In one aspect, the invention provides isolated polynucleotides comprising: (a) a nucleotide sequence encoding a coactivator-associated arginine methyltransferase 1 polypeptide wherein the amino acid sequence of the polypeptide and the amino acid sequence of at least one of SEQ ID NO:4 and SEQ ID NO:6 have at least 95% sequence identity; or (b) the complement of the nucleotide sequence, wherein the complement and the nucleotide sequence contain the same number of nucleotides and are 100% complementary. In another aspect, the isolated polynucleotides encode the polypeptide of SEQ ID NO:4 or SEQ ID NO:6. In yet another aspect, the isolated polynucleotides comprise the nucleotide sequence of SEQ ID NO:3 or SEQ ID NO:5.

The invention also provides expression vectors that comprise a polynucleotide of the invention and an expression control sequence operatively linked to the polynucleotide.

The invention further provides processes for producing a recombinant host cell comprising transforming or transfecting a host cell with an expression vector of the invention such that the host cell, under appropriate culture conditions, produces a coactivator-associated arginine methyltransferase 1 polypeptide. The invention also includes recombinant host cells produced by this process.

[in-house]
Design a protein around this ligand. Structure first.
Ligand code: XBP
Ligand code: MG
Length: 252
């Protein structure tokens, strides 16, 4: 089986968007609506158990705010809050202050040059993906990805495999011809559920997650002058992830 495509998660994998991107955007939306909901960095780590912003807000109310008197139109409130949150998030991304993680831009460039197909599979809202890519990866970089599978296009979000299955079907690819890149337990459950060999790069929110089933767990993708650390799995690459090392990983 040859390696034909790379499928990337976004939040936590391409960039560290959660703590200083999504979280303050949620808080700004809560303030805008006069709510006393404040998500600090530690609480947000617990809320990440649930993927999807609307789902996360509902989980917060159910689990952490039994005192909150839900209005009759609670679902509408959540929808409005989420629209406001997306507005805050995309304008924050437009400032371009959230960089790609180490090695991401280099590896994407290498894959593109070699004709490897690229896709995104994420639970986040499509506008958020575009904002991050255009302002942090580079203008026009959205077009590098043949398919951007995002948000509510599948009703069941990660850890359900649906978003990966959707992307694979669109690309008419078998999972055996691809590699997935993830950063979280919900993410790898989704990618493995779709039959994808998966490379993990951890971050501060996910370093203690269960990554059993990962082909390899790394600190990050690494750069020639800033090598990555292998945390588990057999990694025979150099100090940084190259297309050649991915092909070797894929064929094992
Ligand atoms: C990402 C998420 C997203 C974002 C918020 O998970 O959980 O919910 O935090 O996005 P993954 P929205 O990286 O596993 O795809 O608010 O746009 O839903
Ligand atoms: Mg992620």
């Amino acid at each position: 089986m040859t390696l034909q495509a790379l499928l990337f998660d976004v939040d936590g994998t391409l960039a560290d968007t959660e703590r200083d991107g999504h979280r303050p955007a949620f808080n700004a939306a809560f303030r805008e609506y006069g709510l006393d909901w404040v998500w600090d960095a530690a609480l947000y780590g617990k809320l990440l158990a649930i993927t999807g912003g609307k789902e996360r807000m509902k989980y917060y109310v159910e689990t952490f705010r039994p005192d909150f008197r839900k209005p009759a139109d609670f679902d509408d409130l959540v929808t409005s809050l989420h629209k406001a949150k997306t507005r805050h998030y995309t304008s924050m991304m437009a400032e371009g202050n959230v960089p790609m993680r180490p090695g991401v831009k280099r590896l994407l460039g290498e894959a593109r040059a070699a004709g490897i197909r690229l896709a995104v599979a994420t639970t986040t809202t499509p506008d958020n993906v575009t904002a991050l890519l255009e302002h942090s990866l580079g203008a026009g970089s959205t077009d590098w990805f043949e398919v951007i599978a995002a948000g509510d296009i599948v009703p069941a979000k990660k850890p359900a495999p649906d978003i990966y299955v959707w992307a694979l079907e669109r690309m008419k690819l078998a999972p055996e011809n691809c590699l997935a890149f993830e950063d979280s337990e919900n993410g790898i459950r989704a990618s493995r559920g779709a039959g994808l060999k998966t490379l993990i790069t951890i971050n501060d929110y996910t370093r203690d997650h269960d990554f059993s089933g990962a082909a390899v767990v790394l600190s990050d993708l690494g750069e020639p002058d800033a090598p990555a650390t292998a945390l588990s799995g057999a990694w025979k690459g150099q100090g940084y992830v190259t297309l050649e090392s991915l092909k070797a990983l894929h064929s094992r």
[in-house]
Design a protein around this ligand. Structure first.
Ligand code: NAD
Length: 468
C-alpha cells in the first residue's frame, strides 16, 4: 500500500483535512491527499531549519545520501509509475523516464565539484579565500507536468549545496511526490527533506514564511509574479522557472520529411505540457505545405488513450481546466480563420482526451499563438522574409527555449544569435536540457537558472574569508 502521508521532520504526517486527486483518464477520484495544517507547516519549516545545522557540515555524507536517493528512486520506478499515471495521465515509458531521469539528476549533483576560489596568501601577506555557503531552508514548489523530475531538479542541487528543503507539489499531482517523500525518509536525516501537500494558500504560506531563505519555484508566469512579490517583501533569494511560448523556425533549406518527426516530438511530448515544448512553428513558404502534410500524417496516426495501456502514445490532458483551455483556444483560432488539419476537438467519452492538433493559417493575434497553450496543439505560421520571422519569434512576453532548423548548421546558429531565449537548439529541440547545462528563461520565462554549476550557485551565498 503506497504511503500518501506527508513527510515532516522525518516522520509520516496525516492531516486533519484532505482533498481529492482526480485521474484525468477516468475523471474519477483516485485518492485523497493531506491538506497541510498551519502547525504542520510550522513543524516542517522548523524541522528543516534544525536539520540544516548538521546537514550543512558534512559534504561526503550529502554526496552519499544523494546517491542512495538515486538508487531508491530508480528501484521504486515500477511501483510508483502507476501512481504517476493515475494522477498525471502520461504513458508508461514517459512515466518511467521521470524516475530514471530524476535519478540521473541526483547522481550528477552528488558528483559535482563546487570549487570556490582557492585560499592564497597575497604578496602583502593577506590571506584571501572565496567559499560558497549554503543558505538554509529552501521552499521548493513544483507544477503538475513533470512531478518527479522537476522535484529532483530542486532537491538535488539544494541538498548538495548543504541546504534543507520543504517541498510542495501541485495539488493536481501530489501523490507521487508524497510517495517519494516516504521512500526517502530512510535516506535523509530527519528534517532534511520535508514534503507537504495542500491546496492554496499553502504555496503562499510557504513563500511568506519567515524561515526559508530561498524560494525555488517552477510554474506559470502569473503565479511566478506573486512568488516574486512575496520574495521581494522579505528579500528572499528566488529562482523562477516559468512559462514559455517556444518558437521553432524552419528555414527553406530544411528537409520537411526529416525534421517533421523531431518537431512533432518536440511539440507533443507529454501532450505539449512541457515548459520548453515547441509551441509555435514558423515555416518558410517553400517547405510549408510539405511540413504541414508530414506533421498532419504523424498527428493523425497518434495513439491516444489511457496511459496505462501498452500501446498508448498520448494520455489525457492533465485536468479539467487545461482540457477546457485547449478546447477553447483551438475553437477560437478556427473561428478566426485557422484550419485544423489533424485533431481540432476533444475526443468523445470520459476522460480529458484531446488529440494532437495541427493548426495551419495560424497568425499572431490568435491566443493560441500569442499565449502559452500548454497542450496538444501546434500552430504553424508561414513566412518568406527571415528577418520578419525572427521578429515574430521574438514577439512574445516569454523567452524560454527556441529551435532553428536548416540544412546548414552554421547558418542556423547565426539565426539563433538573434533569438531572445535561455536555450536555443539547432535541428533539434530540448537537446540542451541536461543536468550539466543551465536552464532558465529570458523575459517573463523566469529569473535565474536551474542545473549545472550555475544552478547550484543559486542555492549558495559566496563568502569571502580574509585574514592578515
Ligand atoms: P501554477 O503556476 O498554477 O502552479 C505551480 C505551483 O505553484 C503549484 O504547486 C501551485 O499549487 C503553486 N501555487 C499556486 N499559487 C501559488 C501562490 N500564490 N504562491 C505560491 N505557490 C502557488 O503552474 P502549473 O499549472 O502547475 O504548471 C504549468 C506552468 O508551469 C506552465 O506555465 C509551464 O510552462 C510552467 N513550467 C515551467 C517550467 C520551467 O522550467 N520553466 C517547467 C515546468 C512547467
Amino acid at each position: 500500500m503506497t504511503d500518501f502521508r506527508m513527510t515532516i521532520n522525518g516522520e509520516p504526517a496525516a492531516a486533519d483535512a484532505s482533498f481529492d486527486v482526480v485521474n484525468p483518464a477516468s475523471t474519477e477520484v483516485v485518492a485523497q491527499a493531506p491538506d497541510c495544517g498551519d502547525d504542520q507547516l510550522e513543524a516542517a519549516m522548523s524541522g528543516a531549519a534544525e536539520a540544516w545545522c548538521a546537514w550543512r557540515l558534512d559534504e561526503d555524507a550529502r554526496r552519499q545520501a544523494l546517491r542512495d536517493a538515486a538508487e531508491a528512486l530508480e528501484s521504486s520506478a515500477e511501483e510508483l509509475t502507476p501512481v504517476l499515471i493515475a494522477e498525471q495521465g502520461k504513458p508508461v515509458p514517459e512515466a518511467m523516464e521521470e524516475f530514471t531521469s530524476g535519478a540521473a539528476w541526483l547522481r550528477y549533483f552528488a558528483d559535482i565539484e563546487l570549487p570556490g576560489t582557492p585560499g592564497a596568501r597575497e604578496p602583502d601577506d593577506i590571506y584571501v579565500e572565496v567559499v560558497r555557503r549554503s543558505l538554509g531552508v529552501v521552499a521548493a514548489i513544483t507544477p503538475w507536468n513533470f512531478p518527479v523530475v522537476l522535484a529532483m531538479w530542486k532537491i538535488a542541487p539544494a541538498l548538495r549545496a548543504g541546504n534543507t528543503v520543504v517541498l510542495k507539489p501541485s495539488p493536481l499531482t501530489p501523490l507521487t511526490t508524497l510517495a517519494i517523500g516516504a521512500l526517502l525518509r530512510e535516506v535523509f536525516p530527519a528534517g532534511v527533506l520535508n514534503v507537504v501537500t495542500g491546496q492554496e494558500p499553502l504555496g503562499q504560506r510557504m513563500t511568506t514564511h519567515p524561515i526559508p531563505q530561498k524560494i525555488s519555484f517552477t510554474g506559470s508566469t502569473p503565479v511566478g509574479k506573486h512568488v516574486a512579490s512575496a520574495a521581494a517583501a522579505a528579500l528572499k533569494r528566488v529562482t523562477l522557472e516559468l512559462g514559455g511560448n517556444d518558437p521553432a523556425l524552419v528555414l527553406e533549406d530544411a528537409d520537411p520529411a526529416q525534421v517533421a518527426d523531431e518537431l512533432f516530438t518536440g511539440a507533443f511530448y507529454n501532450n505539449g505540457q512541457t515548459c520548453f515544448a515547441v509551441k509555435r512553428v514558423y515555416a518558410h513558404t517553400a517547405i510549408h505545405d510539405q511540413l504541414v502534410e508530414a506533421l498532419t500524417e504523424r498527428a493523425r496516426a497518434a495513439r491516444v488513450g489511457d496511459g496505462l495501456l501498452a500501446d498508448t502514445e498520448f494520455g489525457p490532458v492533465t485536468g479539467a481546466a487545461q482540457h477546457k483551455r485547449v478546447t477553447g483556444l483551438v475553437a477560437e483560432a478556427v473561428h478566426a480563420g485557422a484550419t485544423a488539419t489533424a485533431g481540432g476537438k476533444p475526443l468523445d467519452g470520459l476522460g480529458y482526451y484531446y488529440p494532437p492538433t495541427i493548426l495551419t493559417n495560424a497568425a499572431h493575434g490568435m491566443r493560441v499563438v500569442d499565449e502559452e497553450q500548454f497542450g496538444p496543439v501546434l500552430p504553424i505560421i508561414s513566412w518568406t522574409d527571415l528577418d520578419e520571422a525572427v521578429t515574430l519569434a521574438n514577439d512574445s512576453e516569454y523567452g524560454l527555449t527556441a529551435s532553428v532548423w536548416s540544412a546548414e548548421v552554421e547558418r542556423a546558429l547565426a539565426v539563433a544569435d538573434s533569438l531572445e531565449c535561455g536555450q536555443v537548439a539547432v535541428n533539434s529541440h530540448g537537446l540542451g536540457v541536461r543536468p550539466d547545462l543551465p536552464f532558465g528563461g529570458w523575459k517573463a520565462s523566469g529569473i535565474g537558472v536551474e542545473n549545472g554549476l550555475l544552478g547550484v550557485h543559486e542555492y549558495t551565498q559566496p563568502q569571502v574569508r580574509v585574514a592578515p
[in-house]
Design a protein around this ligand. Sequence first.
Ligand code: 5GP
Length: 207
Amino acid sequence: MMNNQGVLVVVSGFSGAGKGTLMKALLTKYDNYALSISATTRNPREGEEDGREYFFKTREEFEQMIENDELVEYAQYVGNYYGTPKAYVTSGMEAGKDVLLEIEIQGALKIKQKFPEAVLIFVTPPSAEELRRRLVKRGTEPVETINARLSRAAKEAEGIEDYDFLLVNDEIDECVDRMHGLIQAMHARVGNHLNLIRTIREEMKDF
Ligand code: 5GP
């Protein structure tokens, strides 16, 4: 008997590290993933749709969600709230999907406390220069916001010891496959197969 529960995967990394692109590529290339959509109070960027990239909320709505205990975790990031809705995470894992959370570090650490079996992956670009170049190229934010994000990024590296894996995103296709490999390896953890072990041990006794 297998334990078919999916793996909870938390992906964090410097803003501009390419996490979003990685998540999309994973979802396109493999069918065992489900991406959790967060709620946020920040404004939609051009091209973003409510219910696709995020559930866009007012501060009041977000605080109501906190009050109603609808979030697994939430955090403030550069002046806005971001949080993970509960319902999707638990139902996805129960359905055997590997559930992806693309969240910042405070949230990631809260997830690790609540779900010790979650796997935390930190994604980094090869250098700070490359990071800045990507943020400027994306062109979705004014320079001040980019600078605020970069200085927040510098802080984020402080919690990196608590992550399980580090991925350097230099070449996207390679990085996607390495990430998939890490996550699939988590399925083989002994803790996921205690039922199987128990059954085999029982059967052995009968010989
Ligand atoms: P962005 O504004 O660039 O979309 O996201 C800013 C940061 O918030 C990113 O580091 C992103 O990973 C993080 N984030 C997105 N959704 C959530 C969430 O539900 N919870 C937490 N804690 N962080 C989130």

The invention also includes isolated coactivator-associated arginine methyltransferase 1 polypeptides comprising an amino acid sequence that has at least 95% sequence identity to the amino acid sequence of at least one of SEQ ID NO:4 and SEQ ID NO:6. In one aspect, the polypeptides comprise the amino acid sequence of SEQ ID NO:4 or SEQ ID NO:6.